Russia is not just a country of contrasts; it is a country of outright contradictions. A country where free-reign market capitalism in some sectors meets absolute state interference in others. A country where foreign direct investment is actively sought in some areas; whilst made virtually impossible in others. Half the population yearn for a more open, democratic society whilst the other half admires the autocratic approach of the current regime.
Periods of fast, aggressive growth in GDP and individual earnings are followed by sharp recessions – often allied to the demand for, and price of, the petroleum products upon which the country is heavily dependent. Massive displays of conspicuous wealth and consumption are contrasted with the deprivation that can still be found in many second cities and rural areas. The great metropolitan cities of Moscow and St Petersburg continue to grow and develop but the roads 30 kilometres outside those cities are in a parlous state.
So Russia remains a transitional economy moving from its Soviet past to an unknown and uncertain future. Over 50 percent of Russians depend on the state for either their livelihood or handouts and a crippling lack of investment in both infrastructure and plant and machinery shackle the countries push for a brighter economic future.
In addition to this array of contradictions there is another, possibly bigger issue – generational tensions. Older Russians who were born, educated and programmed during the Soviet era have an attitude and approach to life and business which is in sharp contrast to the younger generation who have been raised in a slightly freer, more liberal environment. These tensions can be seen in the macro-Russian issues such as politics and economics but also in more micro issues – such as internal and external relations within a business context.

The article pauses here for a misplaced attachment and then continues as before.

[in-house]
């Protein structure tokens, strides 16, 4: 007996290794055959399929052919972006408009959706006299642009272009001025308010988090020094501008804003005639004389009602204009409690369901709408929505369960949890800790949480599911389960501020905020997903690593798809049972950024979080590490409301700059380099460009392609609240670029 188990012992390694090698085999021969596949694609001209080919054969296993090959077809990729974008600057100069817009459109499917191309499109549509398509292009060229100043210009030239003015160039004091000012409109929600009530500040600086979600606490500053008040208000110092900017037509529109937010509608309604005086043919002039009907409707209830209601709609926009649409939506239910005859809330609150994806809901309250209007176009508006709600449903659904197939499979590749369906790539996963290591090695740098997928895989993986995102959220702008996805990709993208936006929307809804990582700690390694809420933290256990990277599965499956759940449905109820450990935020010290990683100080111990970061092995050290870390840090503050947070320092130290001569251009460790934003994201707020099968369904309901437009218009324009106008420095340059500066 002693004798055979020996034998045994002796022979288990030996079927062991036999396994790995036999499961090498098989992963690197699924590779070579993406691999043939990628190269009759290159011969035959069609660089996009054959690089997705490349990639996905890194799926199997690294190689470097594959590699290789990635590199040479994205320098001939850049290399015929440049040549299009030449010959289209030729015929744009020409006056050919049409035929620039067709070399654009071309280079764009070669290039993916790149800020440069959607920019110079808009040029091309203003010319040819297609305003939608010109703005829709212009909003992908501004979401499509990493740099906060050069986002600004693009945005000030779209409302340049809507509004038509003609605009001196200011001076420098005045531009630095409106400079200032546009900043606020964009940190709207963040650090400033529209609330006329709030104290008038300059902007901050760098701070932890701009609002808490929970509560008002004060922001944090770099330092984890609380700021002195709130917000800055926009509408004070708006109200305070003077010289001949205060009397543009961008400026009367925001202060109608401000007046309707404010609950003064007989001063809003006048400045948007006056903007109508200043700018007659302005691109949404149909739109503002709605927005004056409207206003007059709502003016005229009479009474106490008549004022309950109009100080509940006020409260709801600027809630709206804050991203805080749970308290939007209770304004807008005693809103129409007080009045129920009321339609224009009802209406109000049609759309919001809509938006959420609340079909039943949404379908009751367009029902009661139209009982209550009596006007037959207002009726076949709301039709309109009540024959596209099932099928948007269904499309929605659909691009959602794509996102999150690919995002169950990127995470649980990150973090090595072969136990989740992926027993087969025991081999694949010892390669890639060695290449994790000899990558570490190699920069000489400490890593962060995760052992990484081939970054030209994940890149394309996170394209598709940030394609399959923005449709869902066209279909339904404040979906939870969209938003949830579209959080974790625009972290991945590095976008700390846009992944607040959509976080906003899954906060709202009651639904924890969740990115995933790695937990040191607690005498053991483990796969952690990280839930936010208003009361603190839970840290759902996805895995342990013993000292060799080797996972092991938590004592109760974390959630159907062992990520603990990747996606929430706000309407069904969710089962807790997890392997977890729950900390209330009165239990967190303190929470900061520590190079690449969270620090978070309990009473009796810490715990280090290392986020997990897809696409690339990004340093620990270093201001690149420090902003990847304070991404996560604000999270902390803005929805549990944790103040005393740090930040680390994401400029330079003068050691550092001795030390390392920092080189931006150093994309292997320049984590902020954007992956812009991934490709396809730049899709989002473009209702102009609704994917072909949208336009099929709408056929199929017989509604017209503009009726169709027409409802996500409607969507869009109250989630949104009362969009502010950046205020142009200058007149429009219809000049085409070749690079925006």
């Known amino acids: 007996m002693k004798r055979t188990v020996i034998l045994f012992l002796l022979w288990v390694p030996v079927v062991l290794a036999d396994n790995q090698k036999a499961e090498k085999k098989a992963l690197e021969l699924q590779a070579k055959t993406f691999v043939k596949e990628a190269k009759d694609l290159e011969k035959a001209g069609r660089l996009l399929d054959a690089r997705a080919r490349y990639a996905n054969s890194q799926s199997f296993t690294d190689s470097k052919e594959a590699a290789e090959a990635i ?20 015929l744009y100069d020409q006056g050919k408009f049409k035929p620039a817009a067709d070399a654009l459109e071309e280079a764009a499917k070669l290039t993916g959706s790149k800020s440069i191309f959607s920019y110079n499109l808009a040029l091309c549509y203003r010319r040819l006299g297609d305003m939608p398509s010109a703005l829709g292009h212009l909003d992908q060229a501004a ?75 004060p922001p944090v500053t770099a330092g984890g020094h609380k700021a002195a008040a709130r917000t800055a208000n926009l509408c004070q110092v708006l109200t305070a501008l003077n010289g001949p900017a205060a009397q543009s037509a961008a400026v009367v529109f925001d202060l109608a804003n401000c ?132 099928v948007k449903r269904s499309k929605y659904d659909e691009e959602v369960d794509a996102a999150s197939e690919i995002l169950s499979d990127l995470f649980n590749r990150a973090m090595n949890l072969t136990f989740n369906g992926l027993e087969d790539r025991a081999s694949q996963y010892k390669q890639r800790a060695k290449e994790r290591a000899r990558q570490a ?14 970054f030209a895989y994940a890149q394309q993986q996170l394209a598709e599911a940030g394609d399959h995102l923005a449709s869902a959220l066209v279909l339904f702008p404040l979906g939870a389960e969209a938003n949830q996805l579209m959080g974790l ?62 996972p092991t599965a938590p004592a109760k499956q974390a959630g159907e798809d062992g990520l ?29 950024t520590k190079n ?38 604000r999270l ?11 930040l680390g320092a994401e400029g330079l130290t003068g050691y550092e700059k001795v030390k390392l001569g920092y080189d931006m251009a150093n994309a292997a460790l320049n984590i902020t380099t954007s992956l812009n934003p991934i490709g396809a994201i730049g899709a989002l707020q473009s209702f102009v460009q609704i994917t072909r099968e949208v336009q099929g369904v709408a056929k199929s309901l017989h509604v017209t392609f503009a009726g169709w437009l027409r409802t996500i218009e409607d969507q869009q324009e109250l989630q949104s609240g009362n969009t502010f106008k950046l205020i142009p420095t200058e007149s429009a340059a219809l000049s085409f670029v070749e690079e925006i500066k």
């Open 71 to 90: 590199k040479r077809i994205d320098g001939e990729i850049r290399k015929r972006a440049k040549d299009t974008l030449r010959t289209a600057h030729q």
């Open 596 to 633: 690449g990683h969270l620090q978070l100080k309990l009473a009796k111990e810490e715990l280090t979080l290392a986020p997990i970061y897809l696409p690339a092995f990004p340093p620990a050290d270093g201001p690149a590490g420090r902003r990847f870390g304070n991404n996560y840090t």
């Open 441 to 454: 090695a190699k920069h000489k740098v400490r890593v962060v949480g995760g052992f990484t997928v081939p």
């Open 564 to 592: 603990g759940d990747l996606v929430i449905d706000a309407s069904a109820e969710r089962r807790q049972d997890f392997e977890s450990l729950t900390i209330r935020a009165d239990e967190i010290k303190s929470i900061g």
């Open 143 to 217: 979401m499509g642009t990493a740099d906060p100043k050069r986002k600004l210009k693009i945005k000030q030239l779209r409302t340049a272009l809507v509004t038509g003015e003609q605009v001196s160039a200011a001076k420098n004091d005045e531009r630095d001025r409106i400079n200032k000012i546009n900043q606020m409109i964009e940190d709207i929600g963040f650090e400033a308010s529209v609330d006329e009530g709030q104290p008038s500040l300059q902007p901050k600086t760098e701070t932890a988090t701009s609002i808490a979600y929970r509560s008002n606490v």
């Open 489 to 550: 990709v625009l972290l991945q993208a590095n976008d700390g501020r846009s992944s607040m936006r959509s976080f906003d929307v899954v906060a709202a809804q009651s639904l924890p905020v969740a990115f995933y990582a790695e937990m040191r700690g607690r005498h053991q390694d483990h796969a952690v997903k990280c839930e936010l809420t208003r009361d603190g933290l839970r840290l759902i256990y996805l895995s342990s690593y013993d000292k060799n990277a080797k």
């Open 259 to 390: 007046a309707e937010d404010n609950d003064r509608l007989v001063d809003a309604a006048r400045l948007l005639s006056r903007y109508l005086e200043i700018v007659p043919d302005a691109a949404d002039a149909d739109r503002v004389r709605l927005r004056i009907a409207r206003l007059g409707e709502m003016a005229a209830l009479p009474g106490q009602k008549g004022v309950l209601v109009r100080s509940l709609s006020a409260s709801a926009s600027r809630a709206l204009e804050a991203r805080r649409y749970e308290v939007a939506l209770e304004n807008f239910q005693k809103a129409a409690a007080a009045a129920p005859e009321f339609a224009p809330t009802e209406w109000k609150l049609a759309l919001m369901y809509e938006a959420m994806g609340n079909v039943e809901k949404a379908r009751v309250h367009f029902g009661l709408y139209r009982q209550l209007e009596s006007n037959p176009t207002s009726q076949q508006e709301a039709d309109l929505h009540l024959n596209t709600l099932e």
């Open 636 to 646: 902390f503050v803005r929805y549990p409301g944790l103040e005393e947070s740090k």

This is just one example of the many, many cultural issues that need to be factored into any business relationships you are engaged in or contemplating with Russia. The Russian approach to business is very heavily influenced by Russian cultural characteristics and the impact of the Soviet past. In fact, Russia ranks fairly high on the World Bank Group’s index of difficult places to do business.
Before starting any business dealings with Russia or Russian companies, it is strongly advised that you do some serious research into the way in which business is executed in the country and gain a thorough understanding of Russian business culture and Russian business etiquette. Look at, and understand, Russian communication styles and their approach to meetings and leadership – this can help you steer your way through the choppy waters of Russian business practice.
This Russia country profile is designed as a starting point to help you begin to wrestle with the way things are done in Russia and gain an understanding of Russian business culture – but it is only a starting point. When you have read this country profile, why not invest in one of the books suggested in the reading list or, better still, talk to Global Business Culture at email@example.com. Global Business Culture are world leaders in the field of the impact of cultural differences on international business performance and have assisted a large number of companies who are working with, or wish to work with, Russia.